Familiar demons

Respect is something of an overworked word at the moment but that hasn’t stopped the government using it as a title for the action plan that forms its latest salvo in the “war” on antisocial behaviour.

The new package of measures claims to strike a balance between punishment and prevention but the whole tone of the prime minister’s pronouncement this week was draconian, to say the least. Of course, this has been picked up and amplified by those in the media who revel in ideas like the “yobs direct helpline” and clamping down on so-called “families from hell”. But is ratcheting up the tenor of the debate more likely to prove counterproductive than genuinely trying to address the issue it professes to be tackling?

Demonising problem families rather than tackling the causes of their actions is not the way forward. It is suggested that those who refuse help and persist in their antisocial habits will be evicted, have their homes boarded up and their benefits cut. But then what will become of them? Will they suddenly see the error of their ways and turn into model tenants? Or are they more likely to be set on a downward spiral that will end up who knows where?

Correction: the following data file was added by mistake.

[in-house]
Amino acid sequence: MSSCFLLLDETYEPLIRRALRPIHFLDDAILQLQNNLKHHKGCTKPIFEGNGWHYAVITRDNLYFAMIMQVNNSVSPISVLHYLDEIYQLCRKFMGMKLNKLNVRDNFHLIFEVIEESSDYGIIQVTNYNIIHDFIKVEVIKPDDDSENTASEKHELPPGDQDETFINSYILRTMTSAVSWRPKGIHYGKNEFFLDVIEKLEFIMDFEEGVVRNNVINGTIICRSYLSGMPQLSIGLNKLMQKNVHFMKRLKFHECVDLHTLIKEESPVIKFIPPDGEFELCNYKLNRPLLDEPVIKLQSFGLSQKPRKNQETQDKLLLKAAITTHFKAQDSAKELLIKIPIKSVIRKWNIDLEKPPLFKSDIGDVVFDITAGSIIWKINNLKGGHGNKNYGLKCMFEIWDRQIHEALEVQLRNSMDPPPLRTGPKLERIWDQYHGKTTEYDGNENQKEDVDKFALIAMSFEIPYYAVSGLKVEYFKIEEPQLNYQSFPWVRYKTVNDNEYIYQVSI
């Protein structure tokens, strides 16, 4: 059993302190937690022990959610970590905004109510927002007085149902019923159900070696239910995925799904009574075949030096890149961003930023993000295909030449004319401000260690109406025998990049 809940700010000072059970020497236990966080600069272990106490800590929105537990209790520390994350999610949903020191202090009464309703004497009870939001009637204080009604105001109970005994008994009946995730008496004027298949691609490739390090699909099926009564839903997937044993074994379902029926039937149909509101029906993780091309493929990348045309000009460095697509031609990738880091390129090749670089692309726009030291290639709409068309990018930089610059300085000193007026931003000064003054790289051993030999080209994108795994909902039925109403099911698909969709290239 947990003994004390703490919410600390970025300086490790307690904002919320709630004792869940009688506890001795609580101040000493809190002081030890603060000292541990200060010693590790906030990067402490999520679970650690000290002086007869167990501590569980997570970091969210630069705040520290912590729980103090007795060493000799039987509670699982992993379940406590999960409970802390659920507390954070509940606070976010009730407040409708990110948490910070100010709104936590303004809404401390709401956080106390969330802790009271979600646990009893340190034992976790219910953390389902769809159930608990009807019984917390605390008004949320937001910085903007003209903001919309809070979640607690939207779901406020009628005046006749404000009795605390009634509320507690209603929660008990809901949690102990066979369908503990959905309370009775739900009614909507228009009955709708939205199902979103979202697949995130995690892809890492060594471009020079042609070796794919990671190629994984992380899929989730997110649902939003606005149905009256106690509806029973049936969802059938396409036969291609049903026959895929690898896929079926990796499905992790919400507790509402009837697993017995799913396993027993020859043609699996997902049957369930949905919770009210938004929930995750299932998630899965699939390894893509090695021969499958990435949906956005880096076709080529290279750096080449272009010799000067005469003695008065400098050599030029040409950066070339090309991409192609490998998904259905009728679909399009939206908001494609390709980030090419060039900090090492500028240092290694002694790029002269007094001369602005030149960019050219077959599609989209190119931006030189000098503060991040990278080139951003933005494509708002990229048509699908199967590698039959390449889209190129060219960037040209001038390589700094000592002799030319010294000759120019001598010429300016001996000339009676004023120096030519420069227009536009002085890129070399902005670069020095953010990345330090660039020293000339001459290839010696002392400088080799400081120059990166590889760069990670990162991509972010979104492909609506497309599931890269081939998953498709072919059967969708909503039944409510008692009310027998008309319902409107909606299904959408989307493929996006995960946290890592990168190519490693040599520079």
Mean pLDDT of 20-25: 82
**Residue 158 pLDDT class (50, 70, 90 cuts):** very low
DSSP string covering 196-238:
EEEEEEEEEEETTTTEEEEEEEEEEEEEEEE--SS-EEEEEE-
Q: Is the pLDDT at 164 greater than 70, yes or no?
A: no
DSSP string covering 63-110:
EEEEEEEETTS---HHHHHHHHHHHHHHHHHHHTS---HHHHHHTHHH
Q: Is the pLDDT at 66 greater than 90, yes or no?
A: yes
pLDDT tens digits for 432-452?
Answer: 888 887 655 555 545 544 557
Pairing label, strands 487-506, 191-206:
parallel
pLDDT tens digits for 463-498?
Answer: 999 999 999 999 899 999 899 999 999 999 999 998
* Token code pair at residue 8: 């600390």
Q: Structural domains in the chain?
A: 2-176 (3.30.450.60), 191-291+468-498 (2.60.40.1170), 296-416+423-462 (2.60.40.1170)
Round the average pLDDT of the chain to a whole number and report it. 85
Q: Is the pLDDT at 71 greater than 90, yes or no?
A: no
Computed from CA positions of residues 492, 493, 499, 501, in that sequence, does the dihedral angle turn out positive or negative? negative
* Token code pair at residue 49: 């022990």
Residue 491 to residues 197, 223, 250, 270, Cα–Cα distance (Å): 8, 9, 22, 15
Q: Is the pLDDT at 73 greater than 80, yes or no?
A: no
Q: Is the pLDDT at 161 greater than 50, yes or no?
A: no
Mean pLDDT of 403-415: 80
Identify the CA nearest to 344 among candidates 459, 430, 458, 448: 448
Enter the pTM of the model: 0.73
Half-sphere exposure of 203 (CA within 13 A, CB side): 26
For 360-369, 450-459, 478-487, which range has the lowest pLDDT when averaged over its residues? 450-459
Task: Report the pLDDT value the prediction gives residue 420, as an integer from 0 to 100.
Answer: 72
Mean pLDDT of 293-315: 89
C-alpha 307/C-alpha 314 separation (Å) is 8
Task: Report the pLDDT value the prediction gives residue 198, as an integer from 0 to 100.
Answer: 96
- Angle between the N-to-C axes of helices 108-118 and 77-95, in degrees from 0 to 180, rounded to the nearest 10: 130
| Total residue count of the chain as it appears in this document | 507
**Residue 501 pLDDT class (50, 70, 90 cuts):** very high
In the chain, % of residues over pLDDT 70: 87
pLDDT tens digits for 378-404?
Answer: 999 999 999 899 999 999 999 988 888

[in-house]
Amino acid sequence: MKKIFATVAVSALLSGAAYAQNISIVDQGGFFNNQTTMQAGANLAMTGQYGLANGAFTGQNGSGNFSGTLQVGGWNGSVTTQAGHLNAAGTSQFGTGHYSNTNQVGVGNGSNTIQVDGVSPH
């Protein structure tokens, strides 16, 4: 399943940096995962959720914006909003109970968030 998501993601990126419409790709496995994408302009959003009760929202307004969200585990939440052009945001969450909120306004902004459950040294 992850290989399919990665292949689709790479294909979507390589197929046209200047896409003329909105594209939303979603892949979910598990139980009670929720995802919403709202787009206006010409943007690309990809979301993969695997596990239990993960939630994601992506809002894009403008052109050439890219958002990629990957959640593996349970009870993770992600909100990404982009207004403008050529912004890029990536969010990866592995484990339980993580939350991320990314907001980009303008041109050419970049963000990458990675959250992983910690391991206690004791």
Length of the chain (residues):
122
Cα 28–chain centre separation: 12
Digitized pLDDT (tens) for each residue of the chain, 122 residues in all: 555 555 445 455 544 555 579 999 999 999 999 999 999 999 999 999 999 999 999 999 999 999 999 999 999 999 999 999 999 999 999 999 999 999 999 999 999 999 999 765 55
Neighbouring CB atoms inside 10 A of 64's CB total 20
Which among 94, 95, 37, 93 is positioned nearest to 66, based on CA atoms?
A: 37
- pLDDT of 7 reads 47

Among the more ludicrous suggestions is that children excluded from school must be held under virtual house arrest by their parents for five days until local authorities take responsibility on the sixth. Parents who do not comply will be prosecuted. But wouldn’t it save everyone a lot of grief if the young people went to pupil referral units from day one?

It is also not entirely clear that setting up a Parenting Academy for professionals to develop skills in dealing with families will be money well spent. Lack of professional training is surely not the main issue here.

However, there are some welcome developments among the proposals, such as the decision to use successful projects in Dundee and Bristol as models for the future. Learning from initiatives like these and others – Kids Company in London springs to mind – is surely the way forward. But the government should take heed that their effectiveness is founded on a
constructive approach that involves working with socially excluded families rather than taking action against them.

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